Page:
I was vulnerable in ways I’d never been before. God was ever so present, and I felt a confirmation from him: “This is the community, the family that I have provided for you.” In fact, I was reminded of Matthew 18:20 where Jesus says, “For where two or three gather in my name, there am I with them.”
I even had the opportunity to witness one of my new friends recommit her life to Christ! Until then, I’d only focused on my own relationship with God. But this helped me see that I needed to explore and intentionally invite others into what God desires for them.
New Beginnings, New Stanzas
“You know, JP, if you ever led a small group, I would totally go,” an upperclassman named Sarah told me later that same year. As a freshman questioning his leadership abilities, I was very uplifted by this, especially since Sarah is a close friend I still look up to today.
Later in the spring of 2020, I was invited to lead a small group the next semester. Though I still didn’t know all the answers about faith and my schedule for the fall, Sarah’s encouragement played a major part in me immediately saying yes.
This new role allowed me to continue meeting new people and cultivating relationships while also pouring into others’ spiritual journeys. I found joy and life in helping community blossom even during the pandemic.
At the same time, I became disillusioned with my current major, Sustainable Design. Though I’d already changed my major once and hesitated to do so again, I couldn’t ignore the pull toward creative writing. I continually revisited poetry, and God reminded me that my spiritual gift of writing aligned with this new major. I realized that if this is something God was leading me to pursue, then he would provide one way or another, even in unexpected ways.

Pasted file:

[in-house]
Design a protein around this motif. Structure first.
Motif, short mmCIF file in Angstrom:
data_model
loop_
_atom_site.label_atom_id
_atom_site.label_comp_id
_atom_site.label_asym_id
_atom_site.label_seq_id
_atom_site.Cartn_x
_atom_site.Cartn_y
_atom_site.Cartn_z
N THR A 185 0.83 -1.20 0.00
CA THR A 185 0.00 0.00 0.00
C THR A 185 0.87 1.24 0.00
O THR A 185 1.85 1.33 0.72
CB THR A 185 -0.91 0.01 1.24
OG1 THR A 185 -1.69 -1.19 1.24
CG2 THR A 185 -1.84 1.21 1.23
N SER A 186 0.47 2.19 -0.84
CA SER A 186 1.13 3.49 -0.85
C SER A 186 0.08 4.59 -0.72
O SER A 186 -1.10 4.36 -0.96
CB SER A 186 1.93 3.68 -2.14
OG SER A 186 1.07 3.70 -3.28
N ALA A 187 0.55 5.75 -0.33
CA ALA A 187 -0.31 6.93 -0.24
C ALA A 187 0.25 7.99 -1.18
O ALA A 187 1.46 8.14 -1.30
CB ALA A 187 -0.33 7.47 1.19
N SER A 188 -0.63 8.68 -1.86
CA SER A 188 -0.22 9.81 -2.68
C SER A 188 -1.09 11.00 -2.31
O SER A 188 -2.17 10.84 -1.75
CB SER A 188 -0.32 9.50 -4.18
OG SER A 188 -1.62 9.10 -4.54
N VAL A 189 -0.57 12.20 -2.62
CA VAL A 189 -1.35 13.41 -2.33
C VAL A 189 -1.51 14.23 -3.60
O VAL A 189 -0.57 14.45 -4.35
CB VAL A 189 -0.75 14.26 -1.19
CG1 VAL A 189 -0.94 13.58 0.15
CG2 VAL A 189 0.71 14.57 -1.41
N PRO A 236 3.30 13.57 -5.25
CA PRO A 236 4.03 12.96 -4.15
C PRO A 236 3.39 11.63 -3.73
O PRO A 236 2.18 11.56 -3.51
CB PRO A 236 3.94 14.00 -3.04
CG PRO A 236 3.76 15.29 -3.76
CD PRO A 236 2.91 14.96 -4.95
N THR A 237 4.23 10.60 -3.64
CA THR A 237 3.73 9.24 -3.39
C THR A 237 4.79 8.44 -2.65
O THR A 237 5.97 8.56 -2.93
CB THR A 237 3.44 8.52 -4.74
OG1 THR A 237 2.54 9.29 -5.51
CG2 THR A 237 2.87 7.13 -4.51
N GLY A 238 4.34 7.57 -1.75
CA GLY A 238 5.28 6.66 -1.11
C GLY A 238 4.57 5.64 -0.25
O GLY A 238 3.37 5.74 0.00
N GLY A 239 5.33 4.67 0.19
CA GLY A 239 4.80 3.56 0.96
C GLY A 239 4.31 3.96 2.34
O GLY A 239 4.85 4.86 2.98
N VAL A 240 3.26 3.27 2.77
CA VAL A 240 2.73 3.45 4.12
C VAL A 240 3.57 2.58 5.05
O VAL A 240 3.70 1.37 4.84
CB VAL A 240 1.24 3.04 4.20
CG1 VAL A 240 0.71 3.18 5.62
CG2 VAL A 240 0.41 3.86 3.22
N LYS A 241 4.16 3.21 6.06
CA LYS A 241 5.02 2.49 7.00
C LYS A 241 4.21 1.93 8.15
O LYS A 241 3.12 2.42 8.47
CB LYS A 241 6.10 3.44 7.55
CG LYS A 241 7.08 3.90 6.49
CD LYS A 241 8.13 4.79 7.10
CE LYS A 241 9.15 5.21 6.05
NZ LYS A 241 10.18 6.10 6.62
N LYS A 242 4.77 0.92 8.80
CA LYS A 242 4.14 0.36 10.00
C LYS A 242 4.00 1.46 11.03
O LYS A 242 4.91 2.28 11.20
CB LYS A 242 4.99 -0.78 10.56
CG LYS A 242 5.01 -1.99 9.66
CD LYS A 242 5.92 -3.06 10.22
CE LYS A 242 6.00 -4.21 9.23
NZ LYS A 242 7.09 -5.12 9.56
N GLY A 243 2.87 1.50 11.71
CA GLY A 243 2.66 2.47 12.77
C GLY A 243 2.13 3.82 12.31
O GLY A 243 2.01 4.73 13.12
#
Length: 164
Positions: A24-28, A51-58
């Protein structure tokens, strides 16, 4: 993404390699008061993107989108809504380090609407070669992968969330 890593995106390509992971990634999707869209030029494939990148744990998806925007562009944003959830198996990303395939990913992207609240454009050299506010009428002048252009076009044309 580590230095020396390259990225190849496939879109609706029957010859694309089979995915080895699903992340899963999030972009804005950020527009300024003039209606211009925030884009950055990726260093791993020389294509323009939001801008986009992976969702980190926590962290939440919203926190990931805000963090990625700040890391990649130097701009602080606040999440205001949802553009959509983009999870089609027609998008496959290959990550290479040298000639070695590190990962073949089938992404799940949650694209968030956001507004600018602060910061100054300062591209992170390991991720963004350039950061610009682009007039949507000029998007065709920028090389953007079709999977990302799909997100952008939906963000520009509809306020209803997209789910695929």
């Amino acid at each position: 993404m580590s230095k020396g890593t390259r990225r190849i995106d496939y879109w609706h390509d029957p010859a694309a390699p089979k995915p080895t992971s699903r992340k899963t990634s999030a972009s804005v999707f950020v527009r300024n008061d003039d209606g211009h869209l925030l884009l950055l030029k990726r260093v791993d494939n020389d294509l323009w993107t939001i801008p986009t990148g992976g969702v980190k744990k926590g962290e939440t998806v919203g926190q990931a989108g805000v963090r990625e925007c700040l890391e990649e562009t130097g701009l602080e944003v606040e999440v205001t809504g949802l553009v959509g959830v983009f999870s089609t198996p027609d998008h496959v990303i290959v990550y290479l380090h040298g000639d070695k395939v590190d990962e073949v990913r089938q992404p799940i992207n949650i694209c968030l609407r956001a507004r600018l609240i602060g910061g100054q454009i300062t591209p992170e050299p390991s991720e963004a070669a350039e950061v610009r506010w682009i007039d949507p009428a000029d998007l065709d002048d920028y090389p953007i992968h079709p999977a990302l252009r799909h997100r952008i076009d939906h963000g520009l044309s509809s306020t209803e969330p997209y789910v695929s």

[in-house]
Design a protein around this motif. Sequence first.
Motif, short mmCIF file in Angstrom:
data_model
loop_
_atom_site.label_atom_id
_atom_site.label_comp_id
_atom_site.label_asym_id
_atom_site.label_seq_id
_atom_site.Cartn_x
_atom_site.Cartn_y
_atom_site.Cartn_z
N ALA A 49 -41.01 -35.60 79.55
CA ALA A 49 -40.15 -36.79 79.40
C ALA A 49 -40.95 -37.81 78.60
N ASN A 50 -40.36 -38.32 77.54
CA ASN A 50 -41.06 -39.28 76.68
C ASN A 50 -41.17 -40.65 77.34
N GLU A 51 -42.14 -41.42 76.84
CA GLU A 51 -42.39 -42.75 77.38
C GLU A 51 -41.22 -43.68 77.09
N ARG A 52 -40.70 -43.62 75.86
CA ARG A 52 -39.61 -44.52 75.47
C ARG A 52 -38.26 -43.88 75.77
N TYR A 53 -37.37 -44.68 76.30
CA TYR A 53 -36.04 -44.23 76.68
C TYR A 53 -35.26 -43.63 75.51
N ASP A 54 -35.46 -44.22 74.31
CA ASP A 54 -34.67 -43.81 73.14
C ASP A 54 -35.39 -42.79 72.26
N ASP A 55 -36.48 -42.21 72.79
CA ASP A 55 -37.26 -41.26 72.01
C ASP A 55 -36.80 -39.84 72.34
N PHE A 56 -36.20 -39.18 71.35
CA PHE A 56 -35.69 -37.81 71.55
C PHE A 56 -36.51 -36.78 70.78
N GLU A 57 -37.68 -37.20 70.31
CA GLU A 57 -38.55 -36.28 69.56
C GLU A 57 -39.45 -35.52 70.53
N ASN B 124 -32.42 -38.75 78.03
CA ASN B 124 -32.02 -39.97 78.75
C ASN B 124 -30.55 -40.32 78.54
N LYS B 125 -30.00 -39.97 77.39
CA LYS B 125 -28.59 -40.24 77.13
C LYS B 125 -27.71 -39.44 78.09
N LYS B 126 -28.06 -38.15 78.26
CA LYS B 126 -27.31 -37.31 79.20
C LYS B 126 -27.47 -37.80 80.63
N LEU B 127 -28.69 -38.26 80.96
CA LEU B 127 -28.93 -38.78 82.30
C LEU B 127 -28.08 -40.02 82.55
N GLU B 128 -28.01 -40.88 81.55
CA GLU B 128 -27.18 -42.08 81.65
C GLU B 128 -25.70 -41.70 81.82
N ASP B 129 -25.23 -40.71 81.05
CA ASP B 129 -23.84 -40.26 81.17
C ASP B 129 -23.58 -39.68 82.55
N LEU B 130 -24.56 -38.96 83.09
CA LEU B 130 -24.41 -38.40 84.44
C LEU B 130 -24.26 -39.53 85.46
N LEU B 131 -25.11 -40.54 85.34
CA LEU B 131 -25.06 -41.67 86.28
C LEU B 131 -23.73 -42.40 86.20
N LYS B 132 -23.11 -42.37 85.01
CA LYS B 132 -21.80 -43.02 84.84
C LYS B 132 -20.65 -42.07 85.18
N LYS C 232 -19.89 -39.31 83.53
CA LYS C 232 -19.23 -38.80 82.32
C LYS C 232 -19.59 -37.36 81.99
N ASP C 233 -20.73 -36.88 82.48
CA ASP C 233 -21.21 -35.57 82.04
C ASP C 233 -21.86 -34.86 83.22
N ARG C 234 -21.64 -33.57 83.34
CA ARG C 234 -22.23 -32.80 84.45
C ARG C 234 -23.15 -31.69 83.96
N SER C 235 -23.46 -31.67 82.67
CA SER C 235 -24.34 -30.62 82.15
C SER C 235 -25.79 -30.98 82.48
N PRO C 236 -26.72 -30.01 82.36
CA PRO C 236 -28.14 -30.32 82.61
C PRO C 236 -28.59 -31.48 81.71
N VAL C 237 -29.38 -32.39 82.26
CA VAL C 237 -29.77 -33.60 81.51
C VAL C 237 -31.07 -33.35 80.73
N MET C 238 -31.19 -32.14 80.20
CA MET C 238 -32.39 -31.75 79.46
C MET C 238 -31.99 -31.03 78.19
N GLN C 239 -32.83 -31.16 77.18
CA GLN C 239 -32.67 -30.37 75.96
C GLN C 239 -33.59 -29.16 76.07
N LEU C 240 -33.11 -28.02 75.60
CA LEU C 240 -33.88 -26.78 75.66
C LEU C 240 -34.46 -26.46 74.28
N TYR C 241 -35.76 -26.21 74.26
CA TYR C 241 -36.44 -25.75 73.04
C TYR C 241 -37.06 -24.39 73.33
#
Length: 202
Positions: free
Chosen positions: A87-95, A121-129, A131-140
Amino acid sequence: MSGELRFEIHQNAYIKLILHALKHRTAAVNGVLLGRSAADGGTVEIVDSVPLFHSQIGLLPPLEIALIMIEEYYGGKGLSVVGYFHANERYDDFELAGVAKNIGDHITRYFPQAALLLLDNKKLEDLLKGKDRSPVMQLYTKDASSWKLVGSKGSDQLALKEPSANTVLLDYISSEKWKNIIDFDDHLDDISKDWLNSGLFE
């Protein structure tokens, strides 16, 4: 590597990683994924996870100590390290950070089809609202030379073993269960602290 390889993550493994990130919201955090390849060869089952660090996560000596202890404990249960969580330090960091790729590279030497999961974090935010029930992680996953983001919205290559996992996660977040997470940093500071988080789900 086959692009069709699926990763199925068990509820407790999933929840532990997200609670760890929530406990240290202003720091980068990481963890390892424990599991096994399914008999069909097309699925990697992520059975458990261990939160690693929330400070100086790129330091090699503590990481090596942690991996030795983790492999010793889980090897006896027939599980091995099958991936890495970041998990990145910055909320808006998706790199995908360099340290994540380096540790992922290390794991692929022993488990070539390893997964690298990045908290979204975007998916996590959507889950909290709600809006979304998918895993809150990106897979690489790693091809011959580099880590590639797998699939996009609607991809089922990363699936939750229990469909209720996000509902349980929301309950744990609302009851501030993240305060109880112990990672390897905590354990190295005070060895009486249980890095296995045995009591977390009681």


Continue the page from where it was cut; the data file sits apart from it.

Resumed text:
I was also navigating another opportunity: becoming my chapter’s emcee and creative coordinator. It was the perfect chance to explore the intersection of my passion for writing and serving the InterVarsity community.
As I processed all this with close friends within InterVarsity, they provided some much needed advice and affirmation, and I felt God telling me to step out in faith.
Reflecting on where I am now—in the Creative Writing major I absolutely enjoy and being my chapter’s emcee and creative coordinator—I see how God moved within my journey. He helped me discover community in ways that I could never have imagined and allowed me to utilize my spiritual gift to serve others through my poems, stories, and original works.
Through InterVarsity, students like me can experience Jesus’ love and care. They have the chance to explore what God desires for their stories. If you are a student, I encourage you to sign up to get connected with an InterVarsity chapter near you!
JP Legarte is a student attending the University of Illinois at Urbana-Champaign majoring in Creative Writing and minoring in English. He is one of InterVarsity's Social Media & Editorial Interns for Summer 2021. When he's not working or taking classes, you can guarantee that, nine times out of ten, he is writing a poem about something in the world.
When I spend time with my chapter, whether it’s a casual hangout or a large or small group, I am continually reminded of how fantastic my community is. They breathe so much more life into me than any Riverdale twist could.
After a year or more of pandemic disruptions, many end-of-the-year InterVarsity Chapter Focus Weeks and Chapter Camps across the country resumed this past month. Read about three of these from different campuses and areas, and how they gave students fresh hope.